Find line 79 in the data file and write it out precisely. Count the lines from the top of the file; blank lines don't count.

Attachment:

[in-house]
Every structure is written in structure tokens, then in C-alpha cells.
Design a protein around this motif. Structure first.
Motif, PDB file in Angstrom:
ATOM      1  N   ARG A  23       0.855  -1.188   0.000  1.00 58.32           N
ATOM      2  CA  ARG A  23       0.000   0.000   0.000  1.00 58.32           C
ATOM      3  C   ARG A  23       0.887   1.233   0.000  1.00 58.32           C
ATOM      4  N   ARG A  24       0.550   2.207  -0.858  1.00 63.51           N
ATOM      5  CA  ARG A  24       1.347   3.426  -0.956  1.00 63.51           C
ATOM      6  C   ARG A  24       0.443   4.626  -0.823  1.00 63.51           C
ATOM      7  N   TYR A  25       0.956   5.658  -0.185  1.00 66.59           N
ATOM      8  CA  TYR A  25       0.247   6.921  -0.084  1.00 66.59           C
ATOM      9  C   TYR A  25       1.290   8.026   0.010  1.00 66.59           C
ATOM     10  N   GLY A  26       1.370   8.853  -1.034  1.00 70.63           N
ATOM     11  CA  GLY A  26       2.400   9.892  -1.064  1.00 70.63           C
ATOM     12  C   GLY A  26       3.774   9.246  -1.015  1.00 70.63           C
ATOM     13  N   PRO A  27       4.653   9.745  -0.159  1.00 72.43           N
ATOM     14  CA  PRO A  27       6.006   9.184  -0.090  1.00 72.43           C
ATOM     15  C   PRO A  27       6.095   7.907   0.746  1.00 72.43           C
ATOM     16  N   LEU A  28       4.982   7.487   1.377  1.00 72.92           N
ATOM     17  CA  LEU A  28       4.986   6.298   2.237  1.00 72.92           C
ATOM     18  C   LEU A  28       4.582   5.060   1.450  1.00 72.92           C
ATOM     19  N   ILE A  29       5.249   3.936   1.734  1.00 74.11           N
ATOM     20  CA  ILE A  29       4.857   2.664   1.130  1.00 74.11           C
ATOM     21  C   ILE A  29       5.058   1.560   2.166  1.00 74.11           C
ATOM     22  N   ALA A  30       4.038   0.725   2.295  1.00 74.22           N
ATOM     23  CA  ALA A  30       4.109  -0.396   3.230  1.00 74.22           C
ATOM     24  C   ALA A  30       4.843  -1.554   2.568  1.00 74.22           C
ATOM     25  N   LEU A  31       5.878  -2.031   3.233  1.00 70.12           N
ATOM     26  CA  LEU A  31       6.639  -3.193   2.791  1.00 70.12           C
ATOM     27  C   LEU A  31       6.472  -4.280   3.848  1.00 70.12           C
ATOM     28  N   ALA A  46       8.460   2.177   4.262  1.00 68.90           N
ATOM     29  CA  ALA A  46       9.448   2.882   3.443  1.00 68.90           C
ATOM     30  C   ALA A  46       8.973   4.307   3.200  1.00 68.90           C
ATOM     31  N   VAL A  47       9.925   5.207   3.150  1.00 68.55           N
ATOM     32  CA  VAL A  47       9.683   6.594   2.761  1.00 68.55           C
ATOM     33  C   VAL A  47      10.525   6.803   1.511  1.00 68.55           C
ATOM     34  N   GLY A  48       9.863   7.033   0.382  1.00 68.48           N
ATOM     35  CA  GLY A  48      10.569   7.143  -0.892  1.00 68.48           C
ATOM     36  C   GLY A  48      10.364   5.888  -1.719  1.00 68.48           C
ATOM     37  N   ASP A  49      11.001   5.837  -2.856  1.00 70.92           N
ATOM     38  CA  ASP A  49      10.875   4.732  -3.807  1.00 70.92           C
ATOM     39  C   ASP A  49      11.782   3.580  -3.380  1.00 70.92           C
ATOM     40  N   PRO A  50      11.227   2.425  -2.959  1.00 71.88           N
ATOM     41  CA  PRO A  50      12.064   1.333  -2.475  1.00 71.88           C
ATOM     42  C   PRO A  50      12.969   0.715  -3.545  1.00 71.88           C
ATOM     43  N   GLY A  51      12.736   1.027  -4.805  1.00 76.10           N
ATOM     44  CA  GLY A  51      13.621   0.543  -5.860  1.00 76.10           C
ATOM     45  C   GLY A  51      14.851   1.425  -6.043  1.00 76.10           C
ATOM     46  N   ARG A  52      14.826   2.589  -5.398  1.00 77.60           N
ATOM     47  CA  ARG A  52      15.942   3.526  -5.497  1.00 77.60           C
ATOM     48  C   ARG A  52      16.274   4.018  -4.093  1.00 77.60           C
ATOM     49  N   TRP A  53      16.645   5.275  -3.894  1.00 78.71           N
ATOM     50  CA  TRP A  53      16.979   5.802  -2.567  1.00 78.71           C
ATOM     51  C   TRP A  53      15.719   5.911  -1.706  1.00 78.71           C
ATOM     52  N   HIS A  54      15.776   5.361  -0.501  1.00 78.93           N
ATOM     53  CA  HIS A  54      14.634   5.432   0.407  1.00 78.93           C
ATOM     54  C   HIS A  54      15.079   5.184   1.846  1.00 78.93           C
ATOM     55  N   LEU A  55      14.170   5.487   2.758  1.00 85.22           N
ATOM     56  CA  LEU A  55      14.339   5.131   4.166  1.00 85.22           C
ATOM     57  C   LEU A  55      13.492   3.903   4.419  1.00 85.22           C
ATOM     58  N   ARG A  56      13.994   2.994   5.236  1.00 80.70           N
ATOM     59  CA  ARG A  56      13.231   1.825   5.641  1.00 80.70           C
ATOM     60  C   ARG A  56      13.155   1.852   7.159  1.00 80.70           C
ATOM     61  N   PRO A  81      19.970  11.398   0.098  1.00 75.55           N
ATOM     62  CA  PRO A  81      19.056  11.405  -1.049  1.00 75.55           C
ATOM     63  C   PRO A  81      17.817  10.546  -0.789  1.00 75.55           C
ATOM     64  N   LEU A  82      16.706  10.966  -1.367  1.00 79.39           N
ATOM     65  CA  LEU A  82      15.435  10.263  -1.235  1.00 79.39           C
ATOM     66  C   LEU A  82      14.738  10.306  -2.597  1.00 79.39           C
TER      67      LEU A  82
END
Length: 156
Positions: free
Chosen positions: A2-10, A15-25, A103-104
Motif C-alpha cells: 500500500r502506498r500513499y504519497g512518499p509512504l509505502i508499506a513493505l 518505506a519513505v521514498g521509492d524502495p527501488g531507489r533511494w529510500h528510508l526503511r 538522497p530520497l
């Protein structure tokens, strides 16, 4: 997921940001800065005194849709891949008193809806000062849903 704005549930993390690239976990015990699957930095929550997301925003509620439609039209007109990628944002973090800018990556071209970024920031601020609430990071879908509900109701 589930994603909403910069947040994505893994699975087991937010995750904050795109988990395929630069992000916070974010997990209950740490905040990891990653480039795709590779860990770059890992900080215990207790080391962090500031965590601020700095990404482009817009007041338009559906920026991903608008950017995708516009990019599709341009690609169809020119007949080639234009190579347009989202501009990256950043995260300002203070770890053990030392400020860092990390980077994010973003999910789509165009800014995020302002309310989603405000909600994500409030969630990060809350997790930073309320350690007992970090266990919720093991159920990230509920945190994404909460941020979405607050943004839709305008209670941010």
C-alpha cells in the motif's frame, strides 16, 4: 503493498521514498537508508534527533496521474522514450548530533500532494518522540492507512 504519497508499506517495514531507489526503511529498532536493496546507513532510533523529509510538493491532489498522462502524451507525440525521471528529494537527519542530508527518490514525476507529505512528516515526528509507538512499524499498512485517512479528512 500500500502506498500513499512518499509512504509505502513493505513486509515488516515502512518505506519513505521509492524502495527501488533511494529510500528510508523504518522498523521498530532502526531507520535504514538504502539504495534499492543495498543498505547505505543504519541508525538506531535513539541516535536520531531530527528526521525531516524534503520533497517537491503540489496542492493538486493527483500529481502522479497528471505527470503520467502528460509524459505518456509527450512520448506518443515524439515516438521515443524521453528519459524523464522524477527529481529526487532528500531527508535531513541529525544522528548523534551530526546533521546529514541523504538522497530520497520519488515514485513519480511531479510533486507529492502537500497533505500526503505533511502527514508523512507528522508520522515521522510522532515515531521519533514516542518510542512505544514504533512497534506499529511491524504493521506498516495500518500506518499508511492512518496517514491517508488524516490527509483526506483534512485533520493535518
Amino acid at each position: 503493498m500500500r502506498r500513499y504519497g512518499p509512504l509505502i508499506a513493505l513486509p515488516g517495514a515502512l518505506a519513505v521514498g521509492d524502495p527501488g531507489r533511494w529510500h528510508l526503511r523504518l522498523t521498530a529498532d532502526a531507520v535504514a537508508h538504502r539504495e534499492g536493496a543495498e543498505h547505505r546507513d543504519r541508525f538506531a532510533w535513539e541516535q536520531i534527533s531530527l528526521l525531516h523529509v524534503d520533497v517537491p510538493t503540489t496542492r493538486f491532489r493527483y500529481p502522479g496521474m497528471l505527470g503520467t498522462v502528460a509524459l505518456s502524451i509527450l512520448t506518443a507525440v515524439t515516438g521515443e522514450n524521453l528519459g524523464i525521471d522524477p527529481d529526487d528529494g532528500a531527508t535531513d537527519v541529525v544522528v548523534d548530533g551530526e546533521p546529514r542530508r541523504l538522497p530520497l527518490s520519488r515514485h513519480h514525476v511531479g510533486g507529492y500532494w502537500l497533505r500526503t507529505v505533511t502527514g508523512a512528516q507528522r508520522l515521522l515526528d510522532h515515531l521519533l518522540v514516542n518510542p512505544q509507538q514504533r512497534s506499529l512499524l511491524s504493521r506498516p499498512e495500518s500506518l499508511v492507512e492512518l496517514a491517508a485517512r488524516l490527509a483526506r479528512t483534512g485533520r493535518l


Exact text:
Amino acid at each position: 503493498m500500500r502506498r500513499y504519497g512518499p509512504l509505502i508499506a513493505l513486509p515488516g517495514a515502512l518505506a519513505v521514498g521509492d524502495p527501488g531507489r533511494w529510500h528510508l526503511r523504518l522498523t521498530a529498532d532502526a531507520v535504514a537508508h538504502r539504495e534499492g536493496a543495498e543498505h547505505r546507513d543504519r541508525f538506531a532510533w535513539e541516535q536520531i534527533s531530527l528526521l525531516h523529509v524534503d520533497v517537491p510538493t503540489t496542492r493538486f491532489r493527483y500529481p502522479g496521474m497528471l505527470g503520467t498522462v502528460a509524459l505518456s502524451i509527450l512520448t506518443a507525440v515524439t515516438g521515443e522514450n524521453l528519459g524523464i525521471d522524477p527529481d529526487d528529494g532528500a531527508t535531513d537527519v541529525v544522528v548523534d548530533g551530526e546533521p546529514r542530508r541523504l538522497p530520497l527518490s520519488r515514485h513519480h514525476v511531479g510533486g507529492y500532494w502537500l497533505r500526503t507529505v505533511t502527514g508523512a512528516q507528522r508520522l515521522l515526528d510522532h515515531l521519533l518522540v514516542n518510542p512505544q509507538q514504533r512497534s506499529l512499524l511491524s504493521r506498516p499498512e495500518s500506518l499508511v492507512e492512518l496517514a491517508a485517512r488524516l490527509a483526506r479528512t483534512g485533520r493535518l